WHAT’S IT WORTH?

One of the many possibilities opened up by the LET system is the establishment of a realistic value for the many skills & services which are currently either unpaid( therefore non-existent in terms of the National economy) or badly underpaid(therefore not considered really valuable).
This includes the possblity of negotiating a realistic rate for one’s time.
So many forms of cheap labour and exploitation can be avoided if LETS members use the system, not just to reduce the need for 'Legal Tender', but to establish a value system no longer linked to the current view of economics.

A common example is baby-sitting.
The sitter takes a great deal of responsibility, & requires, at least in potential, a wide range of skills, yet is invariably underpaid.
Many parents do, in fact, value their sitter, but cannot afford to pay in cash for the time required.
Using LETS units, a reasonable return can be negotiated without having to add $45-$60 to the bill for a much-needed night out.
Also, with higher returns, people will be more willing to babysit, & more willing to carry out ancillary tasks, such as preparing & serving the children’s meal, putting them to bed etc. thus enabling parents to really relax & enjoy their outing.

A different example is craft work. It can take between 6 & 10 hours to crochet an attractive shopping bag. Yet even $6 would be considered too high a price for such an article, if paid in cash, although this represents a return of less than $1 per hour for labour, not counting the cost of materials used.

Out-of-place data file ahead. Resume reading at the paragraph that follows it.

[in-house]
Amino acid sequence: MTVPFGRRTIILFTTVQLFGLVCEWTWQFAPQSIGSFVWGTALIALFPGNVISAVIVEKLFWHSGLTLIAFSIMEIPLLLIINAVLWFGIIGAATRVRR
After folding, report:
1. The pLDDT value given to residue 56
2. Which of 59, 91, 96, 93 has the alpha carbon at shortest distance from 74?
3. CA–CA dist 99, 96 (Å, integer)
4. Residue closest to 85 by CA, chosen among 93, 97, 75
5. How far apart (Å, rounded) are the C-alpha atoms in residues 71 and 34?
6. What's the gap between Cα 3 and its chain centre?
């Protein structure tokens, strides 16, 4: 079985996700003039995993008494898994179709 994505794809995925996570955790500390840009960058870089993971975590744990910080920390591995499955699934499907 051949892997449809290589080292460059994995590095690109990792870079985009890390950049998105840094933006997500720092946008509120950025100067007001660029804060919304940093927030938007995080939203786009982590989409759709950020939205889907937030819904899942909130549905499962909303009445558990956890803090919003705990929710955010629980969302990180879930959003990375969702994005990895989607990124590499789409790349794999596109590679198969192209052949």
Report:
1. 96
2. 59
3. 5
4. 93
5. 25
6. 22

Even if these hours are ‘spare’ time, why should such time & skill be de-valued?
Large crocheted, knitted, or woven projects are simply not a profitable proposition in this country.
(Though we happily add to the Balance of Payments problem by importing large quantities of such goods made in deplorable conditions, often by women & children, for a mere pittance.)
As for crafts such as pottery, woodwork, basketry & others definitely not carried out in ‘spare’ time - ask the craftsperson about their hourly rate of return, & they will either look stunned, or burst out laughing.

Some will tell you that they do it for ‘love’.
I see nothing virtuous in doing such things 'for love' in a society which so rigidly classifies people according to their economic status, & exploits for profit those who are without the means to change that status.
Nor am I taken in by the myths promoted by the rich & 'successful' in order to ensure their place at the top of the heap.
Financial rewards are NOT commensurate with the amount of effort put into a job or project.
It is NOT the fault of the poor, the tired, & the harrassed that they are where they are.
It is the fault of a system which is designed to make profit, regardless of ethics or human or environmental cost; which, when its victims complain, blames those victims; & which, if the complaints are loud enough to pose a possible threat, turns the complainant into a scapegoat.

LETS can be used to bring about real change in society.

So please don’t undervalue your time & your skills when you offer them -
& please don’t expect to get something for nothing when using someone else’s services.
After all, you must be questioning the validity of the existing economic system already, or you wouldn’t be in LETS in the first place.

So LETS make it more than a facsimile of the current dog-eat-dog system, & use LETS as a vehicle for real social change.

Margaret RainbowWeb - first published in 'LETStalk' in 1990.

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